Record uptake of females in computer science, but gender gap remains large

  • Record numbers of female students took computer science as an A-level this year, with an increase of 23% on 2019, according to an analysis of A-level results data by BCS, The Chartered Institute for IT.

    Female students were seven times more likely to choose computer science in 2020 than they were in 2015. This represents a 301% increase.

    Overall entries for A-level Computer Science also rose this year, up by 12%, while a record 30,090 students started computer science degree courses in 2020, an increase of 7.6% on 2019.

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    Women account for 16.2% of all computer science university students in 2020, up 1% on last year, according to BCS’ analysis.

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    Although the latest UCAS data on 2020 applications for undergraduate computer science degrees shows that the gender gap has narrowed by 1.3% in the last year, men in the UK are still 10 times more likely than women to be studying a computer science subject in the current age.

    If this rate continues, it will be 30 years before there is gender parity in computer science degrees.

    The slow uptake continues to grow though, albeit at a snail’s pace, with applications from females for computer science degrees increasing by 12% compared to 0.9% for males.

    For the seventh year in succession the gender gap in computer science A-level has slowly closed, with a slight increase of women now making up 15% of all entries to the subject.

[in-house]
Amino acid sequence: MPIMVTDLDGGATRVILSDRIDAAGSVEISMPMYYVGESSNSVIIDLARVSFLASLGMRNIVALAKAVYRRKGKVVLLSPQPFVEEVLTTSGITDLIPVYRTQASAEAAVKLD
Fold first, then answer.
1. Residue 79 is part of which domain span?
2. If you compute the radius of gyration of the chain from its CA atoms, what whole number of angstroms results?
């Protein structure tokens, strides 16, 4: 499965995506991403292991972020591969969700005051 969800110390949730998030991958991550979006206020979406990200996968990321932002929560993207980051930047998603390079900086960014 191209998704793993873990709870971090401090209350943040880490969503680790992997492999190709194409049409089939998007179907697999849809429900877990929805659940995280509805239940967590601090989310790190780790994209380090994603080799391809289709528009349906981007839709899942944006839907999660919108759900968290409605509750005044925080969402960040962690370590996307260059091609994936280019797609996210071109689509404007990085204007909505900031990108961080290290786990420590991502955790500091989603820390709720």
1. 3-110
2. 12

BCS also found that over 34% of women achieved 'high' (A-A*) Computer Science A-level passes in 2020, compared with 26% of men.

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    Julia Adamson, Director of Education at the professional body for IT said: “More students than ever before have chosen to study Computer Science at university. That is important because the government has stated that tech skills should be the ‘rocket fuel’ which powers the UK’s economic recovery.

    “The establishment of the National Centre for Computing Education (NCCE) has also ensured that more young people are getting the positive experience of computing at school that opens up the possibility of further study.

    “These new entrants to the profession must go on to develop an ethical focus that guides their careers; this is vital if we want to build public confidence in applications like AI and algorithms that make decisions about our lives and in which trust is currently low.

    “Equally important is closing the persistent gap between men and women choosing to specialise in IT, although the divide has narrowed slightly this year. The visible and inspirational influence of organisations like Coding Black Females is helping to strengthen and diversify the range of new talent coming into the industry.”

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    About the author

    Niamh is a Sync NI writer with a previous background of working in FinTech and financial crime. She has a special interest in sports and emerging technologies. To connect with Niamh, feel free to send her an email or connect on Twitter.

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